Musical Beat Thief


Introduction: Musical Beat Thief

No we're not stealing musical beats of any kind but we are going to make leds flash to music using a joule thief circuit with a slight modifacation

Step 1: Finding Parts

you could buy parts or salvage them like I did , but anyways you need :

toroid bead
3.5mm audio jack
thin wire
led (any colour)
270 ohms resistor (red,violet,brown,gold)
s9014 transistor or equivalent
stripboard (optional)

( ) datasheet for the transistor.

Step 2: Construction

First off I would start with the toroid you need really thin wire with quite thin insulation, you want about 9-11 wraps around the toroid bead. After that you should solder two different wires from opposing ends together, so now you should have 3 wires coming out of the bead the two you just soldered are now the + in wires,now take one of the remaining wires and solder the resistor to it then solder the resistor to the middle pin of the transistor , take the last wire from the toroid and solder it to the collector of the transistor.

Solder the + leg of the led to the collector on the transistor and the - leg to the emitter.

Also add a length of wire to the - leg of the led for the ground wire.

Then solder the ground wire to the 3.5mm jack and the positive to the left or right channel.

Step 3: Finished

Now plug it into a music sorce and hope for the best.

I've found this wont work with some mp3 players with low volume but it works on laptops and tv's
they also make great badges and if you add another 3.5mm jack you can listen and watch it flash although i havent tried it and it might distort you music a bit.

If you want it to flash more lower the resistor value, I have mine so it flashes to singing but if you put in a higher ohm resistor you could make it only flash to bass.

Another idea is to make two and have one for music left ouputt,and one for music right output i imagen that could be quite fun to watch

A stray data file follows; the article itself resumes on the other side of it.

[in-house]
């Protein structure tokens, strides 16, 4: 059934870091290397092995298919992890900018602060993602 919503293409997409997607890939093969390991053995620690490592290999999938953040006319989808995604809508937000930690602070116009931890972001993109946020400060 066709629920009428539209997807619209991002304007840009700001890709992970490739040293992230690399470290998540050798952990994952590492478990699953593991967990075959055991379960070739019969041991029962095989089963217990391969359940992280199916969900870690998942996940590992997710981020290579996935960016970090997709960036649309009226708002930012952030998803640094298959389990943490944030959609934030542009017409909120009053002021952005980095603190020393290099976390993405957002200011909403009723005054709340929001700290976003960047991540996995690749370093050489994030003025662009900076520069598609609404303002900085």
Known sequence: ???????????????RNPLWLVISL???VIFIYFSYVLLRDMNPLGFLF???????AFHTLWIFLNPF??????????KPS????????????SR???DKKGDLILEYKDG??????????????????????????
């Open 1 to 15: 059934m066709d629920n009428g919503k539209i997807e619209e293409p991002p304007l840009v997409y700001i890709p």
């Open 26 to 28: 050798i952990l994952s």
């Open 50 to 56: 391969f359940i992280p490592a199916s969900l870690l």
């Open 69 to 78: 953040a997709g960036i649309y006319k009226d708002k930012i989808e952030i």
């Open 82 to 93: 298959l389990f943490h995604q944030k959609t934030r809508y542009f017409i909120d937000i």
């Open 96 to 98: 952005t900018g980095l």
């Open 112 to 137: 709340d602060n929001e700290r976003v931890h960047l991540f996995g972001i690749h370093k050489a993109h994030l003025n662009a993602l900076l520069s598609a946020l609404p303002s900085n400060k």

Doesnt work ? :
try turning up the volume on the music sorce
check connections on all soldered parts
make sure you havent put the transistor or the led the wrong way around



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    21 Discussions

     I think I blew up my transistor while soldering ( way to hot ) and the transistor is actually emitting sound... O_O I can hear the beats of my music from the transistor

    2 replies

    yes it does , at that resistance i dont think it will work but depends on your input i suppose

    nice ible anyway...I've got a strip of 3 blue LEDs wired to my laptop subwoofer for some sweet ground effects everytime the bass kicks...I love it....I did this for my friend's car too...underdash lights that go with the beat. I LOVE LEDs _

    hopefully not wired directly in after the amp because if it is it can make for bad sound quality or even damage your system

    u cant wire it b4 the amp or it wont light up...the amp gives it the extra power it needs to be lit because the louder i play musisc the brighter the LEDs. No problems so far and have this set up for almost a year now

    at that resistance probably not sound, lower your resistor value and try with whatever musical device you can plug it into

    Its not a transistor its a resistor you are talking about and perhaps it should of been mentioned that you need an NPN transistor not a PNP one.

    yh yh cheers my bad. my transistor is the kind detailed. just wondered if the resistance was wrong and needed changing.

    Well done on making it, i think a lower voltage transistor would be best you want a lower emitter - base voltage to get it to flash at lower volume.

    can you post a video of the LED flashing to the music?

    try it with a resistor you need it to determine the current output of the transistor ....... i think

    The solder DID ruin the photo - the camera focused on the solder instead of the project! ....USE MACRO MODE FOR CLOSEUP PHOTOS!!! :D If you don't have macro mode, then since its gonna get sized down by instructables, then take a picture, in focus, from farther away - then crop it. Pictures aside - neat project! Extremely low lowpass filter :D

    1 reply

    hmm. I wonder if anyone knows(or knows how to calculate) the resistor value to put one of these IN-LINE with a headphone speaker. I'm thinking a nice blue led synced with the music on my headphones. I get music, and the people around me get a light show!

    the solder didnt ruin anything... ...the picture already was ruined! (Just kidding!!) Very cool!